(A and B) Overall (A) and close-up (B) view of the hCENP-N1–286/CENP-A interface formed between R80, G81, and V82 on the L1 loop of CENP-A and E3, T4, and E7 on helix 1 of CENP-N. (C) Gel mobility shift experiment to examine the effects of CENP-N mutations (indicated atop the gel) on binding to the CENP-A nucleosome. (D) Images of interphase nuclei in Xenopus egg extracts with exogenous MBP-xCENP-L and xCENP-L proteins containing the indicated mutations of xCENP-N residues E21 and E25 (corresponding to residues E3 and E7 in hCENP-N), stained with an antibody for MBP (green) and Hoechst (blue). (E) Centromeric MBP fluorescence intensity normalized as a percentage of that observed for wild-type MBP-xCENP-N. Error bars represent SEM (n > 200 centromeres). (F) Alignment of human and Xenopus laevis sequences corresponding to the L1 loop of CENP-A and helix 1 of CENP-N. Closely interacting segments of the L1 loop of CENP-A and helix 1 of CENP-N are highlighted by the shaded areas. The asterisks indicate conserved glutamic acid residues (black asterisks) and variability in the hydrophobic residue corresponding to position T4 (red asterisk) of human CENP-N. (G) Images of interphase nuclei in Xenopus egg extracts with exogenous MBP-xCENP-N and xCENP-L proteins containing the indicated mutations of xCENP-N, as in (D). (H) Centromeric MBP fluorescence intensity, determined as in (E). (I) Gel mobility shift experiment to examine the effects of correlated amino acid substitutions between the L1 loop of CENP-A and helix 1 of CENP-N.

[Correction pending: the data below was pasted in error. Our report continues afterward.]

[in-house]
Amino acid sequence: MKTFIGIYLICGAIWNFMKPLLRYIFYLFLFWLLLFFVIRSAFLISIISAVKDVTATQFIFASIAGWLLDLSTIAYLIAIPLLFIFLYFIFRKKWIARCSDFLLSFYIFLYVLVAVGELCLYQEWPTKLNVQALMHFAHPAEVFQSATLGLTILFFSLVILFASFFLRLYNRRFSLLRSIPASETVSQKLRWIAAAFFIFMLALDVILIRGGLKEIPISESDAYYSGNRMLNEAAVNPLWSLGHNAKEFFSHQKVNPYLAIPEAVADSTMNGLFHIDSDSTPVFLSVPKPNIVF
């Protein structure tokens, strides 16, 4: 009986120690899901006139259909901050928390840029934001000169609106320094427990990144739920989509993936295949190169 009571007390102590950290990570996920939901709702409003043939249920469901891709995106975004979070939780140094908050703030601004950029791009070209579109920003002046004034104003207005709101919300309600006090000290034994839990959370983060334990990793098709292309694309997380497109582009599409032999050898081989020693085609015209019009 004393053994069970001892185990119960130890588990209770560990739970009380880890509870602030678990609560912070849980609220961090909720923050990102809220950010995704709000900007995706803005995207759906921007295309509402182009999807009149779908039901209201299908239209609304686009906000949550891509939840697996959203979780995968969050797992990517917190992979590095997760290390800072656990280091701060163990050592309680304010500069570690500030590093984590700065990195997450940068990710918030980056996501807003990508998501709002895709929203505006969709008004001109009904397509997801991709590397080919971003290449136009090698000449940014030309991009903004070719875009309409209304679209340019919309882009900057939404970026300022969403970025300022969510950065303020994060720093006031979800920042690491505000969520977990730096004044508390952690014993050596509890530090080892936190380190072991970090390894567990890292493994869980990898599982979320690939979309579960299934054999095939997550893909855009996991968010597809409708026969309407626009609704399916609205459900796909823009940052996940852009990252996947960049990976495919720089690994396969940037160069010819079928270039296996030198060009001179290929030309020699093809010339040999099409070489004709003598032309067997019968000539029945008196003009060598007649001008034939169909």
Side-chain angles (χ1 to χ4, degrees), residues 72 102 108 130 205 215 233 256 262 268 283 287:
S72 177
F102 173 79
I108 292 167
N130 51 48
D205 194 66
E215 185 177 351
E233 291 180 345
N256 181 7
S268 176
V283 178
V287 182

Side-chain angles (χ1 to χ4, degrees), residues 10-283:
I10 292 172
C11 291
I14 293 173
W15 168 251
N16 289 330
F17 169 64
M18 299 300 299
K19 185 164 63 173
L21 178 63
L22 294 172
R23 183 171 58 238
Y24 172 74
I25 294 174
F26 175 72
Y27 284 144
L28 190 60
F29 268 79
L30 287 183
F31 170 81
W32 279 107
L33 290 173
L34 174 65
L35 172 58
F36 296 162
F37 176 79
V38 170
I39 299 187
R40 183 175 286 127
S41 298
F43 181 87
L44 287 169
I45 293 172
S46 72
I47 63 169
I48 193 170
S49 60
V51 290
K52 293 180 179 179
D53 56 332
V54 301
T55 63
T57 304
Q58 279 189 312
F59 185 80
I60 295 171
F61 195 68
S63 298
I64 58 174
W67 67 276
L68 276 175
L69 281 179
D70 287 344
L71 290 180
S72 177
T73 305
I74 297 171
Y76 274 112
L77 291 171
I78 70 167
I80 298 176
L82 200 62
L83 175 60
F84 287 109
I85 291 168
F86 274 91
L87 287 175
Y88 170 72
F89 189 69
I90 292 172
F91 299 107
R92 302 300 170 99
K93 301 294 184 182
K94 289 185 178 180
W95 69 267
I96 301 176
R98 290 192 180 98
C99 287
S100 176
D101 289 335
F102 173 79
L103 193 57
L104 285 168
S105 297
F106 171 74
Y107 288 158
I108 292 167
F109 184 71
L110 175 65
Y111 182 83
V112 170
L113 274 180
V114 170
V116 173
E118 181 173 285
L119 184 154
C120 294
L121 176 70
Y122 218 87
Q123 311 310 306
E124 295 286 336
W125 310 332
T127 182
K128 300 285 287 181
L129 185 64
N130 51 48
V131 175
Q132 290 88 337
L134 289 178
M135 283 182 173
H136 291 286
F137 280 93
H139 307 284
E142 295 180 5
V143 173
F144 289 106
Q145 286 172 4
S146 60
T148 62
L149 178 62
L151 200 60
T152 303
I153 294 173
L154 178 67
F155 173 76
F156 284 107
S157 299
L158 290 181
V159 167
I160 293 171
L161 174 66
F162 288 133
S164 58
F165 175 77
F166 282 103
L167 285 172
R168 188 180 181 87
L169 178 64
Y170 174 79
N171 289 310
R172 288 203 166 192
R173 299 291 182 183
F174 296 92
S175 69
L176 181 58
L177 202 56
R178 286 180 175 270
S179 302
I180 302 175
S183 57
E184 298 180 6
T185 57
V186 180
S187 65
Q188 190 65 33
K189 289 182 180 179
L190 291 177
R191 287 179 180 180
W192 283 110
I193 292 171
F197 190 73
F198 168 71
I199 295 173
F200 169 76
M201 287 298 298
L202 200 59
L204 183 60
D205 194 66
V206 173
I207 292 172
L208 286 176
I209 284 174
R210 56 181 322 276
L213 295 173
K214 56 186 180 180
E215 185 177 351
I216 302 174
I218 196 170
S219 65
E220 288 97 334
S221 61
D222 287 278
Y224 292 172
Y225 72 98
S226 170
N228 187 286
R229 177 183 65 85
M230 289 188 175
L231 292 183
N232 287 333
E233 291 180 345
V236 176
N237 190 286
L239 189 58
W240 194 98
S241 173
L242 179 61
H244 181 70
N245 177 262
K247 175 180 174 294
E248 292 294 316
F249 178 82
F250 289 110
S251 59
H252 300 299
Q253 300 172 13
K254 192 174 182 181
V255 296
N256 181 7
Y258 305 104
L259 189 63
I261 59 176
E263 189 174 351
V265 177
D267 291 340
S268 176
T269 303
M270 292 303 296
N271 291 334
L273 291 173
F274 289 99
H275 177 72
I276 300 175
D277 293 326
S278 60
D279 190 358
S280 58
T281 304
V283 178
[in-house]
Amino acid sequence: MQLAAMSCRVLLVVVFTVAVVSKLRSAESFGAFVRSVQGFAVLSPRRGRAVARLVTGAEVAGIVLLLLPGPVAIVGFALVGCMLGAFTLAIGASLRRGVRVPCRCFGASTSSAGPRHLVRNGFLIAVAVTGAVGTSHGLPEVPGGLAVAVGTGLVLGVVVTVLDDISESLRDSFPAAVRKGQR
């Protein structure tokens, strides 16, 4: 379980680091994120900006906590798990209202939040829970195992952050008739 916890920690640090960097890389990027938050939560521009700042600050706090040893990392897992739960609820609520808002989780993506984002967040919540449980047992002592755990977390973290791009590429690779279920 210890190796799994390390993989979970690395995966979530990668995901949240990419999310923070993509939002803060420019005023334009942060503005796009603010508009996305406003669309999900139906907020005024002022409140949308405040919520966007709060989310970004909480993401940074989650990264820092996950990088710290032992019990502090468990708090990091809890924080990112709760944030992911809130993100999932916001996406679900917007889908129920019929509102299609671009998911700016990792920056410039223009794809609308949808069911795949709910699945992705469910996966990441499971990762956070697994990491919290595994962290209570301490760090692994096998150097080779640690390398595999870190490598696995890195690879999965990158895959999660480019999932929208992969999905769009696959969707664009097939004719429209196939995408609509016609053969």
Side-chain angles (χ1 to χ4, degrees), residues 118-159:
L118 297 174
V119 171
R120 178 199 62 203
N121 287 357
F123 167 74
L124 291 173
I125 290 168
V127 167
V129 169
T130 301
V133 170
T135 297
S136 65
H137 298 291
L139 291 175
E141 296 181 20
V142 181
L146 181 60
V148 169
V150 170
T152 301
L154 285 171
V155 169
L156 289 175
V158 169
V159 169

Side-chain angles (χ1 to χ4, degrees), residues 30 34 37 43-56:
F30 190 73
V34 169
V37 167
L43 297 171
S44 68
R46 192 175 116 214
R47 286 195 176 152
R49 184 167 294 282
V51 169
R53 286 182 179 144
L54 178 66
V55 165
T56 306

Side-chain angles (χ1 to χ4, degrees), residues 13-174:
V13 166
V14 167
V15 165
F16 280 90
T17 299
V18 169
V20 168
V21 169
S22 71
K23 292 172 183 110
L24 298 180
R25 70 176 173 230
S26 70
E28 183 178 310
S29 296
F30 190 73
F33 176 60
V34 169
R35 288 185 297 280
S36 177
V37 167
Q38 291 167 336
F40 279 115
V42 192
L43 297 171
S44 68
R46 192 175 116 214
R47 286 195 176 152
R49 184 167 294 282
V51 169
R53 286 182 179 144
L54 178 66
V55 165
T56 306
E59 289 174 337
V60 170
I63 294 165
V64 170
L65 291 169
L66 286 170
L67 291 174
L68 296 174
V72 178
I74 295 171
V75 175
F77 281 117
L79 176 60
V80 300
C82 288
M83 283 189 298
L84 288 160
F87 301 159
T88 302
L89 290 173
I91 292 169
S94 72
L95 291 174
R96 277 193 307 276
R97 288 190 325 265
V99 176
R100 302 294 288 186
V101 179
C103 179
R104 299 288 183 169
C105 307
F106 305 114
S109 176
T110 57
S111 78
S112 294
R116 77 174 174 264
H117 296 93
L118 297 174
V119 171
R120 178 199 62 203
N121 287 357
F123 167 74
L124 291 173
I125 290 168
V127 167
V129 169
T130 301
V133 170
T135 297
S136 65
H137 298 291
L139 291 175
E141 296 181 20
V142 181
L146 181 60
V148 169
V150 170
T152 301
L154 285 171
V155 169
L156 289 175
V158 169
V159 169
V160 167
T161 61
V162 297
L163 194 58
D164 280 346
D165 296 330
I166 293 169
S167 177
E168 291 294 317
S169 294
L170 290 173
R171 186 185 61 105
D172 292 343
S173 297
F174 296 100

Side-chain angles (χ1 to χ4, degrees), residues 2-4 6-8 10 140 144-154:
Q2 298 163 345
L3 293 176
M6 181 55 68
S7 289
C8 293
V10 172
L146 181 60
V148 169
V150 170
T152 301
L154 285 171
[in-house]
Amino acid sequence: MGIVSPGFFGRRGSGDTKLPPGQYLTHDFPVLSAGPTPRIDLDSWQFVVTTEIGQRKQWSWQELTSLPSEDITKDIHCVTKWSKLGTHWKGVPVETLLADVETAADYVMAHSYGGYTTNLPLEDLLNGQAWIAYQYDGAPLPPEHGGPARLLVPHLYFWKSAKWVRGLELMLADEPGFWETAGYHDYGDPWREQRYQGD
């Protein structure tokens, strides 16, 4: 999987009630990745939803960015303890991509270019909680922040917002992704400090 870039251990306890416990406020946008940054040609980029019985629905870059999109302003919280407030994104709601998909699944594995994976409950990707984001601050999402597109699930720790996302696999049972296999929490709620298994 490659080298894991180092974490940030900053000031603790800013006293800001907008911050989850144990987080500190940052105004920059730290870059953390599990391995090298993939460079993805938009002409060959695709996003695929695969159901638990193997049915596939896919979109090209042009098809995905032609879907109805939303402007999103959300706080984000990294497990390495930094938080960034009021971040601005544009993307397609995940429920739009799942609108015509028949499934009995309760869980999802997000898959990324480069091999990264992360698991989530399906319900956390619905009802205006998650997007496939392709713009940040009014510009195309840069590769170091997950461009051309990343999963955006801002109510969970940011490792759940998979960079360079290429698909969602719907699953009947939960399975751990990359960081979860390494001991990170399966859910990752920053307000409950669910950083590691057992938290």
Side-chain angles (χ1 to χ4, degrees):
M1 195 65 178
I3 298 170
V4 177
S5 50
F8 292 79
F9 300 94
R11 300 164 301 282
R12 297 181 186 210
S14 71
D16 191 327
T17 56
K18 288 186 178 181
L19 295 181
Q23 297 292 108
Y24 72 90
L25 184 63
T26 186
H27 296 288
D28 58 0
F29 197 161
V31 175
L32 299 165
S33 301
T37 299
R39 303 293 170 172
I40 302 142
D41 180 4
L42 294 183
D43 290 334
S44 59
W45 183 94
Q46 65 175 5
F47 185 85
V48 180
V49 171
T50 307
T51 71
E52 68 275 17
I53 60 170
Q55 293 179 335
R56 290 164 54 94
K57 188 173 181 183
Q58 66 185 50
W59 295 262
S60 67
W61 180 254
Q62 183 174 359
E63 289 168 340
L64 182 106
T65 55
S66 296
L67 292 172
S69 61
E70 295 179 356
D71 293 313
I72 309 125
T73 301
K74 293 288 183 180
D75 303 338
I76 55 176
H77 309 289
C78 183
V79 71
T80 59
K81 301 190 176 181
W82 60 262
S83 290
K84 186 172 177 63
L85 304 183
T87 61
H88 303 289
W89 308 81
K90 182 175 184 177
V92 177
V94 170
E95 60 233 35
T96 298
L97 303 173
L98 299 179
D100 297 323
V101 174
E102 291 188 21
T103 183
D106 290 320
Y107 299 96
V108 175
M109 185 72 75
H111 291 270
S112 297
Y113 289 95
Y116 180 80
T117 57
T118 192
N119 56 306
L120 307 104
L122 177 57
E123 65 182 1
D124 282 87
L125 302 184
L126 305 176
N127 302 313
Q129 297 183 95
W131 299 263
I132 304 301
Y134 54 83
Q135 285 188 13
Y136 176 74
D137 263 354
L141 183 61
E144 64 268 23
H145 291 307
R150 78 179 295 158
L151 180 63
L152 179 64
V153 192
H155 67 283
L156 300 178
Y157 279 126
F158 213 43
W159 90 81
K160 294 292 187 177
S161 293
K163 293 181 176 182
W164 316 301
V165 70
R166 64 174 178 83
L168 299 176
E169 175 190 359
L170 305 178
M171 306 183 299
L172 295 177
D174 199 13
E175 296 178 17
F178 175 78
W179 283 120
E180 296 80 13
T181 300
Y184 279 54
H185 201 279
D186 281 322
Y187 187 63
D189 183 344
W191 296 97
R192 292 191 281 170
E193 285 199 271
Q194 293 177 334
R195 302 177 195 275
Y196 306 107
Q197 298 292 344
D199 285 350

• Fig. 4 Structural determinants of kinetochore assembly on the CENP-A nucleosome.

    (A) Sequence alignment between human H3.1 and CENP-A to highlight distinct CENP-A motifs involved in deposition and recognition of CENP-A at centromeric chromatin (see also fig. S11, C and D). Single-letter abbreviations for the amino acid residues are as follows: A, Ala; C, Cys; D, Asp; E, Glu; F, Phe; G, Gly; H, His; I, Ile; K, Lys; L, Leu; M, Met; N, Asn; P, Pro; Q, Gln; R, Arg; S, Ser; T, Thr; V, Val; W, Trp; and Y, Tyr. (B) Two different views of the CENP-A nucleosome bound to hCENP-N and a modeled CENP-C motif peptide (5) to highlight potential dual binding of full-length CENP-C and CENP-N proteins on the CENP-A nucleosome. The second CENP-N (shown with lighter shading) is modeled on the basis of the cryo-EM density map obtained in the presence of excess hCENP-N1–286 (fig. S4), whereas the CENP-C motif peptides (human numbering shown for clarity) on each face of the nucleosome are positioned according to the crystal structure of the nucleosome in complex with the rat CENP-C motif (5). (C) Schematic view to highlight recognition and possible enrichment of CENP-A nucleosomes by the CCAN proteins CENP-C, CENP-N, and CENP-L. Other kinetochore proteins and the dimerization of CENP-C have been omitted for clarity.

Supplementary Materials

  • Structural mechanisms of centromeric nucleosome recognition by the kinetochore protein CENP-N

    Sagar Chittori, Jingjun Hong, Hayden Saunders, Hanqiao Feng, Rodolfo Ghirlando, Alexander E. Kelly, Yawen Bai, Sriram Subramaniam

    Materials/Methods, Supplementary Text, Tables, Figures, and/or References

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    • Materials and Methods
    • Figs. S1 to S15
    • Table S1
    • References